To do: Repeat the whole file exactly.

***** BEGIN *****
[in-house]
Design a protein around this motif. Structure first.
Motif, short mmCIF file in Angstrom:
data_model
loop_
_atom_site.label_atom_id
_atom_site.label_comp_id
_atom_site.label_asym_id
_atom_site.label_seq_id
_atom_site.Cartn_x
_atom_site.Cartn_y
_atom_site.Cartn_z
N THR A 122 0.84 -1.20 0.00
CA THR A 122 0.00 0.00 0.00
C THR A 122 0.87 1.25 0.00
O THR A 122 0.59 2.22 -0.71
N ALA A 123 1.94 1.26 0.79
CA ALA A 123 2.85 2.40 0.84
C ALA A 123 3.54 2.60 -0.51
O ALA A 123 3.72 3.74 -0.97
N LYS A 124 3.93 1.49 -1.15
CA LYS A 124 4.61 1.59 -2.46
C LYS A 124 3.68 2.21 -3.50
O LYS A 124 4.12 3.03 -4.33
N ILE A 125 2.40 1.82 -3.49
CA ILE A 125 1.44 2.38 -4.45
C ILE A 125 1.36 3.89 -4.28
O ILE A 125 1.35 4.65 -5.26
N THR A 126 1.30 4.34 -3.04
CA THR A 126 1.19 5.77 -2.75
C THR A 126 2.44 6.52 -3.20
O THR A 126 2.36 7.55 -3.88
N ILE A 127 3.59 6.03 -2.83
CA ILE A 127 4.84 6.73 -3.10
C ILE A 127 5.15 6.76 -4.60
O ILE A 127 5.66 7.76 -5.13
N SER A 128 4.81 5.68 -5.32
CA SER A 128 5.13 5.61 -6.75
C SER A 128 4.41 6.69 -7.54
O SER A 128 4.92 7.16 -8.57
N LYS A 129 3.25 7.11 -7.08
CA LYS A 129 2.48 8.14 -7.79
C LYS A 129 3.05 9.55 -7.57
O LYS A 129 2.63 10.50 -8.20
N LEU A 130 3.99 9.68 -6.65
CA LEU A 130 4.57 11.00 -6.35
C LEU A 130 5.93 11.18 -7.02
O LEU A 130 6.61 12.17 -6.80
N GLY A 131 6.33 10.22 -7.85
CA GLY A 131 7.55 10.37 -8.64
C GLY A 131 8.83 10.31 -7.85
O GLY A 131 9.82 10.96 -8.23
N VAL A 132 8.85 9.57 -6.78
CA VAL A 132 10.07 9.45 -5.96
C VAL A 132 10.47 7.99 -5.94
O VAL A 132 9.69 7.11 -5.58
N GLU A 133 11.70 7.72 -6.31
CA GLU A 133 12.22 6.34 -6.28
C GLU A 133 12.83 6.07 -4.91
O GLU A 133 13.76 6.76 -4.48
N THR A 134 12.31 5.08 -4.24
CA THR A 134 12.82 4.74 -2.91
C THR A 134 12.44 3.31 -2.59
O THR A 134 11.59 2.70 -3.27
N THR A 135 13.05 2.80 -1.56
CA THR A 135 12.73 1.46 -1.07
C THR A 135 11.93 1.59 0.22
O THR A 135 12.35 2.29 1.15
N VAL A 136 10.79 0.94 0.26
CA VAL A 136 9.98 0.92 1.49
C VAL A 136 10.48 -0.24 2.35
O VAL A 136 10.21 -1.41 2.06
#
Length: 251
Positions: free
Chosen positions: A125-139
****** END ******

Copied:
[in-house]
Design a protein around this motif. Structure first.
Motif, short mmCIF file in Angstrom:
data_model
loop_
_atom_site.label_atom_id
_atom_site.label_comp_id
_atom_site.label_asym_id
_atom_site.label_seq_id
_atom_site.Cartn_x
_atom_site.Cartn_y
_atom_site.Cartn_z
N THR A 122 0.84 -1.20 0.00
CA THR A 122 0.00 0.00 0.00
C THR A 122 0.87 1.25 0.00
O THR A 122 0.59 2.22 -0.71
N ALA A 123 1.94 1.26 0.79
CA ALA A 123 2.85 2.40 0.84
C ALA A 123 3.54 2.60 -0.51
O ALA A 123 3.72 3.74 -0.97
N LYS A 124 3.93 1.49 -1.15
CA LYS A 124 4.61 1.59 -2.46
C LYS A 124 3.68 2.21 -3.50
O LYS A 124 4.12 3.03 -4.33
N ILE A 125 2.40 1.82 -3.49
CA ILE A 125 1.44 2.38 -4.45
C ILE A 125 1.36 3.89 -4.28
O ILE A 125 1.35 4.65 -5.26
N THR A 126 1.30 4.34 -3.04
CA THR A 126 1.19 5.77 -2.75
C THR A 126 2.44 6.52 -3.20
O THR A 126 2.36 7.55 -3.88
N ILE A 127 3.59 6.03 -2.83
CA ILE A 127 4.84 6.73 -3.10
C ILE A 127 5.15 6.76 -4.60
O ILE A 127 5.66 7.76 -5.13
N SER A 128 4.81 5.68 -5.32
CA SER A 128 5.13 5.61 -6.75
C SER A 128 4.41 6.69 -7.54
O SER A 128 4.92 7.16 -8.57
N LYS A 129 3.25 7.11 -7.08
CA LYS A 129 2.48 8.14 -7.79
C LYS A 129 3.05 9.55 -7.57
O LYS A 129 2.63 10.50 -8.20
N LEU A 130 3.99 9.68 -6.65
CA LEU A 130 4.57 11.00 -6.35
C LEU A 130 5.93 11.18 -7.02
O LEU A 130 6.61 12.17 -6.80
N GLY A 131 6.33 10.22 -7.85
CA GLY A 131 7.55 10.37 -8.64
C GLY A 131 8.83 10.31 -7.85
O GLY A 131 9.82 10.96 -8.23
N VAL A 132 8.85 9.57 -6.78
CA VAL A 132 10.07 9.45 -5.96
C VAL A 132 10.47 7.99 -5.94
O VAL A 132 9.69 7.11 -5.58
N GLU A 133 11.70 7.72 -6.31
CA GLU A 133 12.22 6.34 -6.28
C GLU A 133 12.83 6.07 -4.91
O GLU A 133 13.76 6.76 -4.48
N THR A 134 12.31 5.08 -4.24
CA THR A 134 12.82 4.74 -2.91
C THR A 134 12.44 3.31 -2.59
O THR A 134 11.59 2.70 -3.27
N THR A 135 13.05 2.80 -1.56
CA THR A 135 12.73 1.46 -1.07
C THR A 135 11.93 1.59 0.22
O THR A 135 12.35 2.29 1.15
N VAL A 136 10.79 0.94 0.26
CA VAL A 136 9.98 0.92 1.49
C VAL A 136 10.48 -0.24 2.35
O VAL A 136 10.21 -1.41 2.06
#
Length: 251
Positions: free
Chosen positions: A125-139